• Focus on both the long and short term.  Manage the urge to assign a task to a proven winner to ensure quick completion versus assigning the same task to someone who is brand new and may require some direction and support. But don’t go overboard. You don’t want to focus solely on employee development and compromise organizational effectiveness. Balance is the key.
  • Create variety for yourself and others. According to Warren Bennis, the most effective managers are the ones who actively engage in clear periods of reflection as well as action. Balancing task variety is one of those projects that requires some discipline and awareness to think through.

Get started today

We recently spoke with a manager who told us about an ongoing conversation he was having with a direct report. Even though both of them could remember the manager saying when the employee was first hired, “You are very smart and this job is great, but if you’re still doing this same job in five years, I’m going to be disappointed–in you and in me.”  But guess what? Eight years later, they found out that was exactly what happened.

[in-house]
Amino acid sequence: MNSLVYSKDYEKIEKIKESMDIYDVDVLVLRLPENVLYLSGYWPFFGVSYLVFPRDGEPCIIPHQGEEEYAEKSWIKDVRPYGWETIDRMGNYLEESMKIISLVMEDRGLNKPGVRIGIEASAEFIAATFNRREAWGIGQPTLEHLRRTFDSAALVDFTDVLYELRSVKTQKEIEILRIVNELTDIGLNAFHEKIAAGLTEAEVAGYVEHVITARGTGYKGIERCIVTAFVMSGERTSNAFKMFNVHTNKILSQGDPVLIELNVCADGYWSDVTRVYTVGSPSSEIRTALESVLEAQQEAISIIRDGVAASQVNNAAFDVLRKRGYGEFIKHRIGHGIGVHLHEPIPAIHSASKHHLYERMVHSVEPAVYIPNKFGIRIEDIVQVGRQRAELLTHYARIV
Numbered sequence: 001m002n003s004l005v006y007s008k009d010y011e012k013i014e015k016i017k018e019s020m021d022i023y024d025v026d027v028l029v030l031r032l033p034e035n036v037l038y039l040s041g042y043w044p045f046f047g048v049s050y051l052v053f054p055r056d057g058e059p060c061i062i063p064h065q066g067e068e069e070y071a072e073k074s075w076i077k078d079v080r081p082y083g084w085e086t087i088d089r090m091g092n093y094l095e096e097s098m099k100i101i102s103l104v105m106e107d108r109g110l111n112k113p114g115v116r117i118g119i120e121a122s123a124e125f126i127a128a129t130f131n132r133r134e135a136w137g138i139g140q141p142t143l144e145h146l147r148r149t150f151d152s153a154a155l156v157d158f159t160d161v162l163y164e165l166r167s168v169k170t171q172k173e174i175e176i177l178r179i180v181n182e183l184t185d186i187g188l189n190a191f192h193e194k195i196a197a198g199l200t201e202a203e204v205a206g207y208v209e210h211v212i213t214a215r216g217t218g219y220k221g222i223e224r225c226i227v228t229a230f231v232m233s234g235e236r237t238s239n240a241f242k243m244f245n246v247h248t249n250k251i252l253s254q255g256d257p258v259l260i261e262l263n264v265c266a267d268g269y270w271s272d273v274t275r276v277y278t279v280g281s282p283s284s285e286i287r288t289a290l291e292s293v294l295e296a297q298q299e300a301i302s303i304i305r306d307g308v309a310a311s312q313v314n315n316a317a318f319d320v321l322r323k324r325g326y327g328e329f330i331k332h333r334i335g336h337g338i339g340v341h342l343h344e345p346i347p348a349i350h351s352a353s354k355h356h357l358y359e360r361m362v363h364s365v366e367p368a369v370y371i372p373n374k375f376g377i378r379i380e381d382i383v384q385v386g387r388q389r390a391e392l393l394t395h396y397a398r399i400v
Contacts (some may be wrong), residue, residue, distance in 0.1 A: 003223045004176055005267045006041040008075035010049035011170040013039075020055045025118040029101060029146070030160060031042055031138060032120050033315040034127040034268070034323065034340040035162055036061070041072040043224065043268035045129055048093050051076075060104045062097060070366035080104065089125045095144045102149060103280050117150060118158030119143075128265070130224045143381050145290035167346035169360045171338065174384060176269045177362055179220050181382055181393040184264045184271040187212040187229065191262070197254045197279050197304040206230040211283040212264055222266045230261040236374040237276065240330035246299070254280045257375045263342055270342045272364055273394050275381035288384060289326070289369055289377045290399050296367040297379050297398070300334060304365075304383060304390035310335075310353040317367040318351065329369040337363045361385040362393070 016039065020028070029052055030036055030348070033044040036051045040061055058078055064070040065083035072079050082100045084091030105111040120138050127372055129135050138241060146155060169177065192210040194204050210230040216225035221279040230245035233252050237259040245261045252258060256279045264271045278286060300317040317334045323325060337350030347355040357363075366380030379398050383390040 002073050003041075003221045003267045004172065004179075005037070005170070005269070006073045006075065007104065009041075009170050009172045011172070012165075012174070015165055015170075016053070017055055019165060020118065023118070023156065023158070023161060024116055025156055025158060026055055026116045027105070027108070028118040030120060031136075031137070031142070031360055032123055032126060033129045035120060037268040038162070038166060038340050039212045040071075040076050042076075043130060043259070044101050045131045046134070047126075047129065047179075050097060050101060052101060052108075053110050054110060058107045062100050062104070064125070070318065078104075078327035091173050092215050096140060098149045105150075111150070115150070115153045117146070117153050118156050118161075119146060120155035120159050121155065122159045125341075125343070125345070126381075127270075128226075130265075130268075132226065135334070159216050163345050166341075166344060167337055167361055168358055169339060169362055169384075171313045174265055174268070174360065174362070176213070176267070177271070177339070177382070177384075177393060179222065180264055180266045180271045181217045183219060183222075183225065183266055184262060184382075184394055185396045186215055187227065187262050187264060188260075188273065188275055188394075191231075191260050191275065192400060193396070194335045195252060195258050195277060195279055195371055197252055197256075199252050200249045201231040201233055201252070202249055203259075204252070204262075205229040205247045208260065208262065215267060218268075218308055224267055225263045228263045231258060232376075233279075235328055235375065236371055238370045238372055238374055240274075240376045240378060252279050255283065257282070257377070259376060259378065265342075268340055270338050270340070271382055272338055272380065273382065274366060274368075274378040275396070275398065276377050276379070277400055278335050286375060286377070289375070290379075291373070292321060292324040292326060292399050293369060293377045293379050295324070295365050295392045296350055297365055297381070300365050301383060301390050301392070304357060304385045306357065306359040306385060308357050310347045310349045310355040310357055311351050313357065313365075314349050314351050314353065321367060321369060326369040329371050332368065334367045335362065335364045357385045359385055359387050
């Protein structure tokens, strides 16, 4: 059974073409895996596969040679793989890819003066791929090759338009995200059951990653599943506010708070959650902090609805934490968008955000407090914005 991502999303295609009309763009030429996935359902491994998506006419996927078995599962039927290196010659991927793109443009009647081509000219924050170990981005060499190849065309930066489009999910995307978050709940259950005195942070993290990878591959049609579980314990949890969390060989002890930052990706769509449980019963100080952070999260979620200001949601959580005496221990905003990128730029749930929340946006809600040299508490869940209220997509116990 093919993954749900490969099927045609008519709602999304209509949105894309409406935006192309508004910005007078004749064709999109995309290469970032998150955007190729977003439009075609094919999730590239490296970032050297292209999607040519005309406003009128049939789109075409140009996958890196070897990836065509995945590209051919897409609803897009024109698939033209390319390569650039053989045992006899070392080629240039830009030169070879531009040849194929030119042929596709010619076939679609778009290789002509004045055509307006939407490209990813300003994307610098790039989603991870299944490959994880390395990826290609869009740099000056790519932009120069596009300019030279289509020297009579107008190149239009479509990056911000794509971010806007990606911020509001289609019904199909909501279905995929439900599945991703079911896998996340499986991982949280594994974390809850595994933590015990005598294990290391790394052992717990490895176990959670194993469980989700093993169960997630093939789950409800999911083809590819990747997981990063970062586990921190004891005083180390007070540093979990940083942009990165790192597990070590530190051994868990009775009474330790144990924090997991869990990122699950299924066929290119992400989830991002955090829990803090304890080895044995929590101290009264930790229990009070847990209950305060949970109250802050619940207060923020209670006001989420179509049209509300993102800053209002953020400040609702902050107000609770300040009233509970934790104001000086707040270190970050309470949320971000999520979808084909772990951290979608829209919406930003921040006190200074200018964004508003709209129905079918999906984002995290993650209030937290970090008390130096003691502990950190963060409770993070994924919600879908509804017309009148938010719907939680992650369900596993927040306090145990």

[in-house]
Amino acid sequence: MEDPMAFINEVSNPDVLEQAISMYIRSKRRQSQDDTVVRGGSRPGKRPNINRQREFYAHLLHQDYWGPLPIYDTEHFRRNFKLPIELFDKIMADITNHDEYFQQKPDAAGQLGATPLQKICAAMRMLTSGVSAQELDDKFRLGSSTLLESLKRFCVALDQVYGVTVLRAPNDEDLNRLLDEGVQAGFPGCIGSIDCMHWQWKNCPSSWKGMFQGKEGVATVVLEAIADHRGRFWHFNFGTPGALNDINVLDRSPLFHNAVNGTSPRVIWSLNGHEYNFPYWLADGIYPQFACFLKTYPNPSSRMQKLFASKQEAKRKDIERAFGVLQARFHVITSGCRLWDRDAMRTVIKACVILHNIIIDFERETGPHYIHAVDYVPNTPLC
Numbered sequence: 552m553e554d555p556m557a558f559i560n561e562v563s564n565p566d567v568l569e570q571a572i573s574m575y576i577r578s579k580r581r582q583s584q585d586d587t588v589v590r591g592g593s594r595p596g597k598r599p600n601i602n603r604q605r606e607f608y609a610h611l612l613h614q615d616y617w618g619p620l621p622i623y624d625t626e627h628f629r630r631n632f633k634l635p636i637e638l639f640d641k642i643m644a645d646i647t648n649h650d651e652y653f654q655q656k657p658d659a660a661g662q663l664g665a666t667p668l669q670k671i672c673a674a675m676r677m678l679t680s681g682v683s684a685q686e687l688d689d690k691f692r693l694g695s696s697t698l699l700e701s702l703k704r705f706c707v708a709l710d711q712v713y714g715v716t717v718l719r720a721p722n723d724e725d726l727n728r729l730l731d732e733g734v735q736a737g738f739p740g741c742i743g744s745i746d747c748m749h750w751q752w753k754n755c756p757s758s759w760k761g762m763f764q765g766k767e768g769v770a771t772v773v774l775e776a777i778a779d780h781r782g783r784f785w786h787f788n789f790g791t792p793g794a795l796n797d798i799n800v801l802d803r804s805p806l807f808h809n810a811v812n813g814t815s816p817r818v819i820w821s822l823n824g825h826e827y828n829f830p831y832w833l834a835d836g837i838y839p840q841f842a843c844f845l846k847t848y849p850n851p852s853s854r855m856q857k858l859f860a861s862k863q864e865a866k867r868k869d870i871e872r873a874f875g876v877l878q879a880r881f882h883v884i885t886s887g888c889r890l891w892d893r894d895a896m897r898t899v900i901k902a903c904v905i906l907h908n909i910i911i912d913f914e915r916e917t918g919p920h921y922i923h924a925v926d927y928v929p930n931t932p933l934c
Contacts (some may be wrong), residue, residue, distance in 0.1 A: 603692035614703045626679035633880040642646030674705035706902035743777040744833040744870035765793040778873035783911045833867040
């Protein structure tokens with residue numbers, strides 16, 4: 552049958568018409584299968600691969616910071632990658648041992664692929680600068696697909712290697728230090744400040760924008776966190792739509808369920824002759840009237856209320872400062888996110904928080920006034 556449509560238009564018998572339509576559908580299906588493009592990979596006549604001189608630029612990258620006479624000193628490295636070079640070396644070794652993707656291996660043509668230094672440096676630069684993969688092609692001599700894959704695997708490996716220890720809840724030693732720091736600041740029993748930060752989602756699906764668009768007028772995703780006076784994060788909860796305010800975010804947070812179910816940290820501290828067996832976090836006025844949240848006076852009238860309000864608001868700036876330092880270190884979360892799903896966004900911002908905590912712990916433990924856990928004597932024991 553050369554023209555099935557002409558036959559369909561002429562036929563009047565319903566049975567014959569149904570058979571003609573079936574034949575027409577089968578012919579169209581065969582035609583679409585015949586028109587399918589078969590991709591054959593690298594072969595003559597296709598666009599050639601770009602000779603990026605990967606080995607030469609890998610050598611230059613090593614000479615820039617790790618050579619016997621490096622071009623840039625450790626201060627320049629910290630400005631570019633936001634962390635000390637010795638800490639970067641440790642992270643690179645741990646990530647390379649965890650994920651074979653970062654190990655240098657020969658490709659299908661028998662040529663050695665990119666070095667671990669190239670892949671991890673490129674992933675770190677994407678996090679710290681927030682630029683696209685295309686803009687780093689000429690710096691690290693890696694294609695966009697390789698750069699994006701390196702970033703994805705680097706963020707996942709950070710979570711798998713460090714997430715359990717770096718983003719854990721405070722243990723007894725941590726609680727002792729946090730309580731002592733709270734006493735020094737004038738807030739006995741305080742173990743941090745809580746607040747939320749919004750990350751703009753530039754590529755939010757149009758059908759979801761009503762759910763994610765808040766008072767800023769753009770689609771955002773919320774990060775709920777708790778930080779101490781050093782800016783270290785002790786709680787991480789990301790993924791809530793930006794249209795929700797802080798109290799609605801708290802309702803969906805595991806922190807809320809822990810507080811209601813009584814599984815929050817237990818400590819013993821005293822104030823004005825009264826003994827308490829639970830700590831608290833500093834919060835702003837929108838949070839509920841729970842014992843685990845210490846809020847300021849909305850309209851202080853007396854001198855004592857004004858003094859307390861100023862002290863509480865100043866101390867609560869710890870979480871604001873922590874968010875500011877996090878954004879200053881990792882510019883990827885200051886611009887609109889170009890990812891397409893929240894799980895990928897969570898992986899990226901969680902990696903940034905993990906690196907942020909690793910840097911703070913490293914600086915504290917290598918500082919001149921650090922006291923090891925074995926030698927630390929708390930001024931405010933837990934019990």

Don’t let this happen in your organization. Create a landscape of your direct reports and see if there isn’t someone on the “bored” side of this scale who might need help becoming reengaged. Keep in mind that most people become bored because they’re doing boring tasks, not because of a character flaw. Instead of moving away from a person you might see as a complainer, see that person instead as someone who is not really “in flow” and work with him or her to find out what the right mix could be.

Maintaining task variety is a must-do for managers. It’s like flossing your teeth–it’s not the most fun, but it’s something you have to do on a regular basis–and if you don’t tend to it, you’re going to have bigger issues down the road.

Scott Blanchard is the Executive Vice President of Client Solutions for The Ken Blanchard Companies®. Ken Blanchard is the best-selling co-author of The One Minute Manager®and 50 other books on leadership. You can follow Ken Blanchard on Twitter@KenBlanchard or @LeaderChat and also via the HowWeLead and LeaderChat blogs.

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Original Article